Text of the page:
Bible Geek: How to Keep Scripture in Context


“A text out of context, is pretext.”

If you try and prove a point by using only a phrase or a few words out of Scripture, you are using the Word for a purpose that it had never been intended for.

To keep the Word of God in context, you must:

  1. understand and quote the whole verse;
  2. take careful note of who it is addressed to, it may not be relevant to your audience within it’s prophetic or cultural context;
  3. take into account the meaning of the verses before and behind it;
  4. consider the message of the entire chapter;
  5. know and consider the section of the book of the Bible that your verse is in, and how that affects it;
  6. know what the book it is in, is all about (for example, a prophetic book is very different from an Epistle;) and
  7. understanding the Testament the book is in, (Old or New Testament.) Without that understanding, you won’t be able to accurately attribute the requirements for salvation, worship etc., in that time.


unknownAdapted from the work of Dr David Pawson,

“A speaker and author with uncompromising faithfulness to the Holy Scriptures, David brings clarity and a message of urgency to Christians to uncover hidden treasures in God’s Word.”


Bible Geek: Getting Your Facts Straight


If you ever try and learn a topic – any topic – from just one point of view, you are in trouble. You will make mistakes that you don’t even know you have made, and that can lead to you looking somewhat silly.

One of the pleasures of formal study is that I get to raid University libraries and access information I don’t usually find anywhere else. However, I am often surprised at how badly the Bible is represented, whether it be by secular institutions or theological colleges. I have found the only way to understand David is to read, read, read and read: and that best includes studying archaeology, psychology, secular history, Jewish thought and customs and reading multiple Bible versions.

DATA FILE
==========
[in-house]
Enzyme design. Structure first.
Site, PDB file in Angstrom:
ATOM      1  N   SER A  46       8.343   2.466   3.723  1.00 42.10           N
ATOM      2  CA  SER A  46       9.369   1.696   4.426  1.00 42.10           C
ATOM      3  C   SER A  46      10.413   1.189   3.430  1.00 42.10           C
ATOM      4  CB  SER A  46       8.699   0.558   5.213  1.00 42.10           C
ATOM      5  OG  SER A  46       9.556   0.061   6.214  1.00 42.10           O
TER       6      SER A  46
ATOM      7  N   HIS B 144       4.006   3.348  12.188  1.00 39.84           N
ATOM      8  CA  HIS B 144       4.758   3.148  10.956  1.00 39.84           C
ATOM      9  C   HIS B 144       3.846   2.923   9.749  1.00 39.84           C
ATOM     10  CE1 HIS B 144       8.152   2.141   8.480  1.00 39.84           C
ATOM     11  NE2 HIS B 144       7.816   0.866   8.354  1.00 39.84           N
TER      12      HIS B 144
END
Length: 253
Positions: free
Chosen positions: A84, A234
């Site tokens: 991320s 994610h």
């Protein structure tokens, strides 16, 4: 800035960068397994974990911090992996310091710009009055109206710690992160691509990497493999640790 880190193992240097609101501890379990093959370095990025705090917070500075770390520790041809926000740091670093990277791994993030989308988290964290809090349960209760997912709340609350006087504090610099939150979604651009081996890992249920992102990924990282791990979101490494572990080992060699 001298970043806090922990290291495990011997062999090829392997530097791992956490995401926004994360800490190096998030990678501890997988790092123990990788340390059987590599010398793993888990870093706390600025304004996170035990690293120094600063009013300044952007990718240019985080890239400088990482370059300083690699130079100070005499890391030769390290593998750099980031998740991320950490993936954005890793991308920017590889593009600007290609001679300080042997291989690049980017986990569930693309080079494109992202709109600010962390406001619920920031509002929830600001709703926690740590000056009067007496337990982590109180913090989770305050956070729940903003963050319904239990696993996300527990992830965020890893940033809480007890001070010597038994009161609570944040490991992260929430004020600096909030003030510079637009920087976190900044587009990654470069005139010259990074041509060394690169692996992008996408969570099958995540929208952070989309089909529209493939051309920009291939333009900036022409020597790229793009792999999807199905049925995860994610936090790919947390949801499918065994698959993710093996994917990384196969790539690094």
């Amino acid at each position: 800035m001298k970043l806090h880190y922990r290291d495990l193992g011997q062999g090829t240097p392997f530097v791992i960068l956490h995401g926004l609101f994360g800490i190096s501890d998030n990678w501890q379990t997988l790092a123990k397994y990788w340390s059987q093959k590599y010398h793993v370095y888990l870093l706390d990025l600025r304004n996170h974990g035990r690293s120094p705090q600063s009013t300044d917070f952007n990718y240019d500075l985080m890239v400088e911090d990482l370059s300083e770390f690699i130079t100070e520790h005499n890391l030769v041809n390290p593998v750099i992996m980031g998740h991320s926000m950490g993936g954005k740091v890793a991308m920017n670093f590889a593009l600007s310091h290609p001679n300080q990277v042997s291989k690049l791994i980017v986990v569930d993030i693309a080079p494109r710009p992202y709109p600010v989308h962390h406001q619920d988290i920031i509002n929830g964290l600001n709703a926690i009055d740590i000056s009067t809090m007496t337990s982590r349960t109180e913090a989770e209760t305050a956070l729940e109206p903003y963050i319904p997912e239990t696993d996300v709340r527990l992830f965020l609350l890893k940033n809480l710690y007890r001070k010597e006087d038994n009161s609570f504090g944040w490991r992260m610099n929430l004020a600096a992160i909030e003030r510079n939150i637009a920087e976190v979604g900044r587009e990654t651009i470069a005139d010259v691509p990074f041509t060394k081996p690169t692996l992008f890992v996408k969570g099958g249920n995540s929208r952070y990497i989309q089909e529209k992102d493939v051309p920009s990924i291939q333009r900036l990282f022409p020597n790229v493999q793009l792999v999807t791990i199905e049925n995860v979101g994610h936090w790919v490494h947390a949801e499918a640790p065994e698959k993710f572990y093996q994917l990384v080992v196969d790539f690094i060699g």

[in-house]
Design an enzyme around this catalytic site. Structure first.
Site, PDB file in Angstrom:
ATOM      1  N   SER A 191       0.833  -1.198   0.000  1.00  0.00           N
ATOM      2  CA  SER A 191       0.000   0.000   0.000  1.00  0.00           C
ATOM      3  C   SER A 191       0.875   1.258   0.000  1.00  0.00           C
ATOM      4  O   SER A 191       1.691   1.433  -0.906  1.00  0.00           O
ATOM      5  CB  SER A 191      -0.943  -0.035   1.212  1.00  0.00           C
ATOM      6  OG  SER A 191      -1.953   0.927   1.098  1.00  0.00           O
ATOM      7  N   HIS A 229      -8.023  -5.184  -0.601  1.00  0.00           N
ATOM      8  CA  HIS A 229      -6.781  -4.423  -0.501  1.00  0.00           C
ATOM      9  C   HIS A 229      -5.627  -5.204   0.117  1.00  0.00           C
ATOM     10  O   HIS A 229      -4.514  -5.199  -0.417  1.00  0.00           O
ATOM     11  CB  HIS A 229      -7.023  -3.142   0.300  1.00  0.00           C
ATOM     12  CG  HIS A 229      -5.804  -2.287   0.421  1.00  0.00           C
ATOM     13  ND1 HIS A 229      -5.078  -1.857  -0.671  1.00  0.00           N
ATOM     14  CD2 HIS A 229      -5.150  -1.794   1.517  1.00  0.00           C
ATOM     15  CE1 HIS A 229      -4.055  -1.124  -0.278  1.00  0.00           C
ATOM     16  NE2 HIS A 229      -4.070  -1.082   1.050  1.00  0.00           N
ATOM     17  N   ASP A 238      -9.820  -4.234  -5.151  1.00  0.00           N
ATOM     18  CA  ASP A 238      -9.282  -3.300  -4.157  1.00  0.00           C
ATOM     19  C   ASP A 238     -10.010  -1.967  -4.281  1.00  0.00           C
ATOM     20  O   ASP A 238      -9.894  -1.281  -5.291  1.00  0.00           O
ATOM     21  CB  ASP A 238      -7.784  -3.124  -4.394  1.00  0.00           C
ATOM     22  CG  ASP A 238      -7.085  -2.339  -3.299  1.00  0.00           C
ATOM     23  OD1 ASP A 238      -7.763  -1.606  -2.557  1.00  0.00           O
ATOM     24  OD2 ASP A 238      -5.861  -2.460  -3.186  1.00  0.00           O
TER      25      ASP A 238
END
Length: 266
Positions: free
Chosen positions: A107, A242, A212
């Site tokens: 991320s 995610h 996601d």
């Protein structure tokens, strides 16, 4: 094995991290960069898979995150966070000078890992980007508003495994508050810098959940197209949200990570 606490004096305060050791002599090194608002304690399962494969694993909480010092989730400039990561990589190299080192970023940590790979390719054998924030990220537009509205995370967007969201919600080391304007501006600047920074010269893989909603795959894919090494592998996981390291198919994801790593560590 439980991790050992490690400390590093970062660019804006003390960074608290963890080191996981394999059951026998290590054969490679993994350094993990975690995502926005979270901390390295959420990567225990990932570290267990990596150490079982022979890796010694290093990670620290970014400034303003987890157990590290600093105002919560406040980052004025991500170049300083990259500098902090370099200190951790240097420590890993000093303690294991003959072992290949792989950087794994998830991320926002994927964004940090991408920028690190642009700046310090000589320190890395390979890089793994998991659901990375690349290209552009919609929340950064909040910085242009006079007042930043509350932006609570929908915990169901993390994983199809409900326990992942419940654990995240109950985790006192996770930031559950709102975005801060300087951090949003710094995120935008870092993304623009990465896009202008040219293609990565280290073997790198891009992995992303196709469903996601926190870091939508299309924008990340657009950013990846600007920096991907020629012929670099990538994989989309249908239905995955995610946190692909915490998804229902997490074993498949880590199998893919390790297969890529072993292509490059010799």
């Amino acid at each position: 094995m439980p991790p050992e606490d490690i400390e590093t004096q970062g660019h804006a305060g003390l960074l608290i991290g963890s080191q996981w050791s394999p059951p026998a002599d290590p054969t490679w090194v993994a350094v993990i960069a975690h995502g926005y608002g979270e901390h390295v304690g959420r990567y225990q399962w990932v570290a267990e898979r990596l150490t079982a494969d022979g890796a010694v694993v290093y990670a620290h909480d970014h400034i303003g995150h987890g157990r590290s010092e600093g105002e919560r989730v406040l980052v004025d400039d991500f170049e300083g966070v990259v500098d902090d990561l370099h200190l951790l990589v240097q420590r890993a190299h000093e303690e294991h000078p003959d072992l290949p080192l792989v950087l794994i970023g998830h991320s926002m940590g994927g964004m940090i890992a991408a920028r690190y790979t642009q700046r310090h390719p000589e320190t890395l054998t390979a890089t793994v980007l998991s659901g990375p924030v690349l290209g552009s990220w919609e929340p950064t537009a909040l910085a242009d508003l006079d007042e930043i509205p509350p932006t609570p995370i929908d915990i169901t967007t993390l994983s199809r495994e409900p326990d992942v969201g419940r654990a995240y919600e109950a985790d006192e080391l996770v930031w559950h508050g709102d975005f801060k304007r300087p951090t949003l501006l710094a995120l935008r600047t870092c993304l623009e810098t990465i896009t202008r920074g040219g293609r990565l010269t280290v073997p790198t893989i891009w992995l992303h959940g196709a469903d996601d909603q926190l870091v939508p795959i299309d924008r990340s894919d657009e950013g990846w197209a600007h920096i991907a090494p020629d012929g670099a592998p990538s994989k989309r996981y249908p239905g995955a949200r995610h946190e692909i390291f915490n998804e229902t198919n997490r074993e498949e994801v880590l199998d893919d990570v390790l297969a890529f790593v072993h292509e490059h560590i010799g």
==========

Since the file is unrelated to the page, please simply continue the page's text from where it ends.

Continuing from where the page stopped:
Here are a few one sided blunders which have made me go, “wow, you need to research more!” I am NOT putting them in to belittle the sources, but to remind you to study and be careful. The mistakes I have to go back and fix constantly humble me. We have to be responsible with the word of God. Differences in opinions are one thing, but bad research is quite another.

1. A particular version of the Bible, which paraphrases rather than going for a literal translation, likes to translate “David commanded” rather than “David said,” as all the others do. When you read “David commanded” several times in a chapter, he begins to look like a tyrant, throwing his weight around. I double checked the Hebrew. The correct translation was ‘said.’ Use a service like Bible Hub which allows you to check word use from many translations on one page.


The House of David

2. A secular university, which will also remain nameless for reasons pertaining to slander and legalities, did a series on the Old Testament where they treated the Bible as they would treat any piece of literature: as an isolated, stand alone work. They had no understanding of the culture of ancient Israel or tribal values; they had no spiritual interest or interpretation, which was to be expected. The result was they took two pieces of Scripture with “the house of David” in them and came to conclusions which were so crazy off the bat, I was stunned. Had it been a lecture on physics, psychology or any discipline, facts would have been checked to ensure accuracy. But hey, it’s a mystical book, so no background research was done.